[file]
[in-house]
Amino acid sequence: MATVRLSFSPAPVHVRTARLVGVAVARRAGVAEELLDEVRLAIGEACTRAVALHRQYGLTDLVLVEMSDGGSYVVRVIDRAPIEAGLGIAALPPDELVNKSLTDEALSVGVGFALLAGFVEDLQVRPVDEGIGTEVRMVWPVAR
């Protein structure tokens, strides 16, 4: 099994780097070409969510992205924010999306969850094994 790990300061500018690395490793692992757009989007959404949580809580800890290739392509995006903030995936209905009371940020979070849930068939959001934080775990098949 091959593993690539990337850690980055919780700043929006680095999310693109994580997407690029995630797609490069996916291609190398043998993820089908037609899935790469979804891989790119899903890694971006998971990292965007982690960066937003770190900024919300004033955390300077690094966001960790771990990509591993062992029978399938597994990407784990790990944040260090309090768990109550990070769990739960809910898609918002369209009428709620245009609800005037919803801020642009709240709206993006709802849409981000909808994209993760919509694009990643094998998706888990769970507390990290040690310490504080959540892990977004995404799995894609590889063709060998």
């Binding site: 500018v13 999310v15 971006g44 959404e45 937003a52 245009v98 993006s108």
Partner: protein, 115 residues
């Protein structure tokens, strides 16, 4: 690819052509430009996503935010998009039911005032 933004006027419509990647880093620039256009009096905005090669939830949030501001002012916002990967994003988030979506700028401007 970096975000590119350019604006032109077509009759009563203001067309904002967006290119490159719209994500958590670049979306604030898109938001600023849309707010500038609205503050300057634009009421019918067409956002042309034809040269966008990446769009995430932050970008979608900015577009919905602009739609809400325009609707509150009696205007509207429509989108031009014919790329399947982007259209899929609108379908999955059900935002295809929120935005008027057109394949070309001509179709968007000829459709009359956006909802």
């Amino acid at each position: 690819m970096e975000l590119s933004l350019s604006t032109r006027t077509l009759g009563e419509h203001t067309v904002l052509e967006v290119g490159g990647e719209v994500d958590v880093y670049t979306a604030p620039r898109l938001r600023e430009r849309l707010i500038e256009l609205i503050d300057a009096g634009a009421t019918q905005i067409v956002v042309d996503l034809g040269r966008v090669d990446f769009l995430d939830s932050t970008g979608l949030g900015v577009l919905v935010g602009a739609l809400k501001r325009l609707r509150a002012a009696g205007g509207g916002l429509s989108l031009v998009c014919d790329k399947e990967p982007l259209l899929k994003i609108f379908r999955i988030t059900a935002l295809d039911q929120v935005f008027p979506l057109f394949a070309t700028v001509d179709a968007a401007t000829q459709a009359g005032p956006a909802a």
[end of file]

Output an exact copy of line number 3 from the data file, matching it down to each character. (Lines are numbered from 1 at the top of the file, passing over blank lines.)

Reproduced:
């Protein structure tokens, strides 16, 4: 099994780097070409969510992205924010999306969850094994 790990300061500018690395490793692992757009989007959404949580809580800890290739392509995006903030995936209905009371940020979070849930068939959001934080775990098949 091959593993690539990337850690980055919780700043929006680095999310693109994580997407690029995630797609490069996916291609190398043998993820089908037609899935790469979804891989790119899903890694971006998971990292965007982690960066937003770190900024919300004033955390300077690094966001960790771990990509591993062992029978399938597994990407784990790990944040260090309090768990109550990070769990739960809910898609918002369209009428709620245009609800005037919803801020642009709240709206993006709802849409981000909808994209993760919509694009990643094998998706888990769970507390990290040690310490504080959540892990977004995404799995894609590889063709060998």